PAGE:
I’ve read the literature, participated in two debates, visited the websites, listened to neighborhood discussions, and talked to some of the candidates and am now ready to announce my endorsements for City Council:
- Tom Moore: I met Tom during the last election and even though I was among his opponents, he was incredibly fair, thoughtful, considerate, and funny. I liked him so much that I passed out his literature as well as mine on election day. Although he wasn’t elected to Council in 2009, he’s continued to stay involved in the community and shows that he analyzes issues and gives other perspectives a fair hearing.
- Mark Pierzchala: Mark’s knowledge of city and neighborhood issues has grown tremendously during his first term on Council and he understands the complex nature of making decisions in a diverse community. I don’t always agree with his decisions (he seems to favor businesses more than residents and the city’s heritage at times) but he always explains how he came to his decisions. He’s the only incumbent I’m endorsing for City Council, and losing him would lose continuity on the Council.
- Virginia Onley: Virginia has a long history of service to Rockville through various committees and boards, so she’s experienced the community from various perspectives. Yet, serving on Council will be Continue reading →
I had a chance to attend my first city council candidates forum today, which I think is actually the third of more than a half dozen. If you missed it, don’t worry, you have plenty of opportunities coming up (including two this upcoming week that will be broadcast).
Today’s forum was held in the senior center and hosted by the neighborhood associations for College Gardens, Woodley Gardens, and Plymouth Woods and moderated by Cheryl Kagan. All the candidates were seated in a single row, barely fitting on stage, and about 60 people attended, mostly senior citizens. Unlike some neighborhood forums that focus exclusively on their parochial issues, this one ranged widely around Rockville, including such topics as Rockville in ten years, budget and finances, the APFO, Rockville Pike Plan, the fence separating Montgomery College, the city logo and branding, qualifications of the next city manager, relationships with other government agencies, relations with city staff, the proposed Walmart, and an assessment of the city’s website. Perhaps the most provocative question was, “which candidate do you oppose in this election and why?” I won’t provide a detailed report on everyone’s statements–I’ll leave that to the Gazette or you can watch the 2+ hours of it on YouTube–but will just give general impressions and highlights.
It seems that the candidates are beginning to solidify their statements and finding ways to Continue reading →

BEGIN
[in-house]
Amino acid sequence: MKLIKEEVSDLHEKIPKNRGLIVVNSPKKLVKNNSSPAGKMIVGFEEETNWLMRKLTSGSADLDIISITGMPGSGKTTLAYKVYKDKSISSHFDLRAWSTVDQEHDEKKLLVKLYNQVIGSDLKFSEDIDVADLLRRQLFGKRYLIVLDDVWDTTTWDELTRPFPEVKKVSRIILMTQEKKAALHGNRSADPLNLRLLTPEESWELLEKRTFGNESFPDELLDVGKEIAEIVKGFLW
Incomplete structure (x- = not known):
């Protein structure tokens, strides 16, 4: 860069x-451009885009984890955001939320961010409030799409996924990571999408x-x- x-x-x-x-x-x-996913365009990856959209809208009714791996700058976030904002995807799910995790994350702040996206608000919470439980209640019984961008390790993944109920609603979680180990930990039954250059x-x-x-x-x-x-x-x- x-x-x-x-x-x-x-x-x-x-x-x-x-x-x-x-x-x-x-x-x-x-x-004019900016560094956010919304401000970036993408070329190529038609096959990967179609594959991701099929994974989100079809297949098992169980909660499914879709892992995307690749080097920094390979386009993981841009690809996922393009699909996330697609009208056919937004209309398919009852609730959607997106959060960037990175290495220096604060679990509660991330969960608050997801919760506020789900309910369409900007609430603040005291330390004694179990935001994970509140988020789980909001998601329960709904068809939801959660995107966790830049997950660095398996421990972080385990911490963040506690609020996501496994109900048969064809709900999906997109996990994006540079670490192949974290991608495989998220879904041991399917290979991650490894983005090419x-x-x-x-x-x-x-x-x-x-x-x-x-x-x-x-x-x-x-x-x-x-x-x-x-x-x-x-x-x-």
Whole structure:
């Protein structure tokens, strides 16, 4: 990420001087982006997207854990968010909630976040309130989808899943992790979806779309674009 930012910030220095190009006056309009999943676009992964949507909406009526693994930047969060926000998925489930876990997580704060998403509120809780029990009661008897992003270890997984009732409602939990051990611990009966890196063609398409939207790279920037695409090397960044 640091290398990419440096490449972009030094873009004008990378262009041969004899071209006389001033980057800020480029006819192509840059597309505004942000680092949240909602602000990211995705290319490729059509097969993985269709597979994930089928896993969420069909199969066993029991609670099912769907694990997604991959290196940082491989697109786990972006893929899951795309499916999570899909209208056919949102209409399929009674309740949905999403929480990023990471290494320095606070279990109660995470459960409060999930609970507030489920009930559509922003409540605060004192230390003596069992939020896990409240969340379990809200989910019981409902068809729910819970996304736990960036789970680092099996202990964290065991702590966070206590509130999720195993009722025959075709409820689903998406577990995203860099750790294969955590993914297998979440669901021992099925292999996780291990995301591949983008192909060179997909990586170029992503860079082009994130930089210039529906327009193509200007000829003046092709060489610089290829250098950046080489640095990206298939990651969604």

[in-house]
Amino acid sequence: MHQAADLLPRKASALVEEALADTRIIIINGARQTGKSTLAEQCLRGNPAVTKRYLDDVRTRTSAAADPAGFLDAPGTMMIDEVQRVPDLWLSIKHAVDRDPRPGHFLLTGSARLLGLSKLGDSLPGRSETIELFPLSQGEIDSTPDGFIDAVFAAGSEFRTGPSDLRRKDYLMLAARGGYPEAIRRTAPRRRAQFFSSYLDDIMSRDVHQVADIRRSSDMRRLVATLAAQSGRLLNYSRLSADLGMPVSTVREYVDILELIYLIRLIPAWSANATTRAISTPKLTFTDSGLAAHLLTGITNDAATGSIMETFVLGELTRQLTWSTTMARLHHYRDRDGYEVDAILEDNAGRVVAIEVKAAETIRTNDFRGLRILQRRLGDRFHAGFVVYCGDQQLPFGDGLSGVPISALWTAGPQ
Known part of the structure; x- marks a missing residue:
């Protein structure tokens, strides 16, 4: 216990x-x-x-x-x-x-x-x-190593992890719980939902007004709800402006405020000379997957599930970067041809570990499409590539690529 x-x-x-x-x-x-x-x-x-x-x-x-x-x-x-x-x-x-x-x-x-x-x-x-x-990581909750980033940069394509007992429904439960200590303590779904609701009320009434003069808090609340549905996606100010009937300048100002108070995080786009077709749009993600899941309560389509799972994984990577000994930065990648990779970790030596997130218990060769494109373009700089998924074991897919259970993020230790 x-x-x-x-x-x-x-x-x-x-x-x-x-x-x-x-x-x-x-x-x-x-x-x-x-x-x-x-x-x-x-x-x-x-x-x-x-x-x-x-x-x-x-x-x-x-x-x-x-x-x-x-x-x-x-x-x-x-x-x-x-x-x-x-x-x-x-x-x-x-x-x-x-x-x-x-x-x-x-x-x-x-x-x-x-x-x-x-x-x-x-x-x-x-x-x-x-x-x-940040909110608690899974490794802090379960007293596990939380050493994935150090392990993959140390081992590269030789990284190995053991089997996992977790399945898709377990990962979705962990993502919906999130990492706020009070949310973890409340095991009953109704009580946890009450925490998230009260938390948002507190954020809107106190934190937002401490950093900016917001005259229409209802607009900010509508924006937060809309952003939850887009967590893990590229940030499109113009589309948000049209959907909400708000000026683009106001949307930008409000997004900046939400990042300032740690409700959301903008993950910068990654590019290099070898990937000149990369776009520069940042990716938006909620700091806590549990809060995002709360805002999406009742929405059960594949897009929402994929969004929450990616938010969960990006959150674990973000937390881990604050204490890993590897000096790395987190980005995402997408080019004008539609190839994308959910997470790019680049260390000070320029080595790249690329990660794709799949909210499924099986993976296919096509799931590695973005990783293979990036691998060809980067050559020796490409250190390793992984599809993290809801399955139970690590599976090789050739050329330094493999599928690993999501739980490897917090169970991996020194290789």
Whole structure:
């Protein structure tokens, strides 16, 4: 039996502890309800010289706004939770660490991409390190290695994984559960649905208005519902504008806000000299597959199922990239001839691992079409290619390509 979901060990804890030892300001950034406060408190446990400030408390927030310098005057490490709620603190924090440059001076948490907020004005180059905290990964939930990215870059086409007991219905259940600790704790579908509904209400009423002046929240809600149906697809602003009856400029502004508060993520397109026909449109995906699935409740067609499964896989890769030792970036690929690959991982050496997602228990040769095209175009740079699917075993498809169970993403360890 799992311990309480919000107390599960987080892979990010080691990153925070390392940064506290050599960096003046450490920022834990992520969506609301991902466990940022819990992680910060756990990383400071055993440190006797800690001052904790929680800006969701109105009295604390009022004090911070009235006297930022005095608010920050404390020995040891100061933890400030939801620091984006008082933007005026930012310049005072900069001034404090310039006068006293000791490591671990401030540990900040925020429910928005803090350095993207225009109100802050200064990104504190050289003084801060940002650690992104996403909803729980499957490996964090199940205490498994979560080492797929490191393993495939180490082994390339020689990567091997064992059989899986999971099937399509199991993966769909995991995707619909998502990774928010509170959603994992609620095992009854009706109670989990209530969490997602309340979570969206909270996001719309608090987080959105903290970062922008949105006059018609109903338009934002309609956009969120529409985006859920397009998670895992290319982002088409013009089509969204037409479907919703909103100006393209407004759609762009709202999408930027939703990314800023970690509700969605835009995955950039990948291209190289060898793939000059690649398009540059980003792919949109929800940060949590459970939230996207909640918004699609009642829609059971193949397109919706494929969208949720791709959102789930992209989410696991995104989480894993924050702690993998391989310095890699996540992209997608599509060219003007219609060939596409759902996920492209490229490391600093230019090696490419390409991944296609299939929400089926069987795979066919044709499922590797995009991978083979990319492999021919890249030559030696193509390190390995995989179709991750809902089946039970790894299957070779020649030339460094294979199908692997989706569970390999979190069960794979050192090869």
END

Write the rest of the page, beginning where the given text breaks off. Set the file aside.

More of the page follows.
In her inaugural address as the new Mayor of the City of Rockville on November 22, 2009, Phyllis Marcuccio made the following statement, the first promise of her new administration:
First, I would be remiss if we did not respond to the major issue of our recent election: the unprecedented economic stress facing our nation and our city for the next several years. I will within the next two weeks appoint a task force on finance and budget, whose initial charge will be to review and comment on our financial policies, principles, and current processes of the City budget for consideration by the City Council. I will call for their report by the end of March in 2010.
Let’s see what’s happened point-by-point (reordered to simplify analysis): Continue reading →
With Scott Ullery’s recent announcement that he’ll retire as City Manager in December, the temperature of the upcoming City Council elections just went up several degrees. Hiring a City Manager is one of the most important decisions they can make and has both long-term and short-term implications. We’ve been fortunate to have such a skilled administrator as Scott Ullery, who has been a calm and consistent force at the City despite the continual challenges that come into his office from all corners. I’ve always found him to be ethical and fair, and while I know some people sought his removal, it’s usually because they’re trying to do something that doesn’t align with our city’s strategic plan, violates city codes, or requires Council approval. It’s a thankless job because you are always subject to public criticism and you get a new set of bosses every two years (and the best city managers, like the best editors, are often invisible and let others get the credit).
Selecting the next City Manager will be a crucial responsibility for the next Council–and it’s not an easy job. In my former hometown of Upland, California, we had a terrible series Continue reading →